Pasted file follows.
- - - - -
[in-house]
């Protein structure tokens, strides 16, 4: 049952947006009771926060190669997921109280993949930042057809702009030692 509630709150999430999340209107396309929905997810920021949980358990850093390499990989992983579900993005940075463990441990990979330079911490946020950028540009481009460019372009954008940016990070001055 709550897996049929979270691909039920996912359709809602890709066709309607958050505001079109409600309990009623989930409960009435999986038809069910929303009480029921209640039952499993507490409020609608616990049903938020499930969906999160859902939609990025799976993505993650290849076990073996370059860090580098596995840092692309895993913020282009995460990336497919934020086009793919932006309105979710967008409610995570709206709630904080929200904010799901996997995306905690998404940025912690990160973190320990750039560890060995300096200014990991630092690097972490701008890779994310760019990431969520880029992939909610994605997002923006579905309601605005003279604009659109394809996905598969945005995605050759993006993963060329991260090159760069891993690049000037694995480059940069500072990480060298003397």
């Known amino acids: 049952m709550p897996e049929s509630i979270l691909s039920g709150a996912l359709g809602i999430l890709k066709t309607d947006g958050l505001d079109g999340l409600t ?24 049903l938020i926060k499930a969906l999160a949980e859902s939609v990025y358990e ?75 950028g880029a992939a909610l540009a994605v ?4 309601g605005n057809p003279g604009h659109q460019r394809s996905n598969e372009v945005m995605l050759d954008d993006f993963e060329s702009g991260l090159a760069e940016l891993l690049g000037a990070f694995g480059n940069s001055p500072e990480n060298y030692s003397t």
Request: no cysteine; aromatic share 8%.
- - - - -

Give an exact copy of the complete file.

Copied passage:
[in-house]
């Protein structure tokens, strides 16, 4: 049952947006009771926060190669997921109280993949930042057809702009030692 509630709150999430999340209107396309929905997810920021949980358990850093390499990989992983579900993005940075463990441990990979330079911490946020950028540009481009460019372009954008940016990070001055 709550897996049929979270691909039920996912359709809602890709066709309607958050505001079109409600309990009623989930409960009435999986038809069910929303009480029921209640039952499993507490409020609608616990049903938020499930969906999160859902939609990025799976993505993650290849076990073996370059860090580098596995840092692309895993913020282009995460990336497919934020086009793919932006309105979710967008409610995570709206709630904080929200904010799901996997995306905690998404940025912690990160973190320990750039560890060995300096200014990991630092690097972490701008890779994310760019990431969520880029992939909610994605997002923006579905309601605005003279604009659109394809996905598969945005995605050759993006993963060329991260090159760069891993690049000037694995480059940069500072990480060298003397």
């Known amino acids: 049952m709550p897996e049929s509630i979270l691909s039920g709150a996912l359709g809602i999430l890709k066709t309607d947006g958050l505001d079109g999340l409600t ?24 049903l938020i926060k499930a969906l999160a949980e859902s939609v990025y358990e ?75 950028g880029a992939a909610l540009a994605v ?4 309601g605005n057809p003279g604009h659109q460019r394809s996905n598969e372009v945005m995605l050759d954008d993006f993963e060329s702009g991260l090159a760069e940016l891993l690049g000037a990070f694995g480059n940069s001055p500072e990480n060298y030692s003397t």
Request: no cysteine; aromatic share 8%.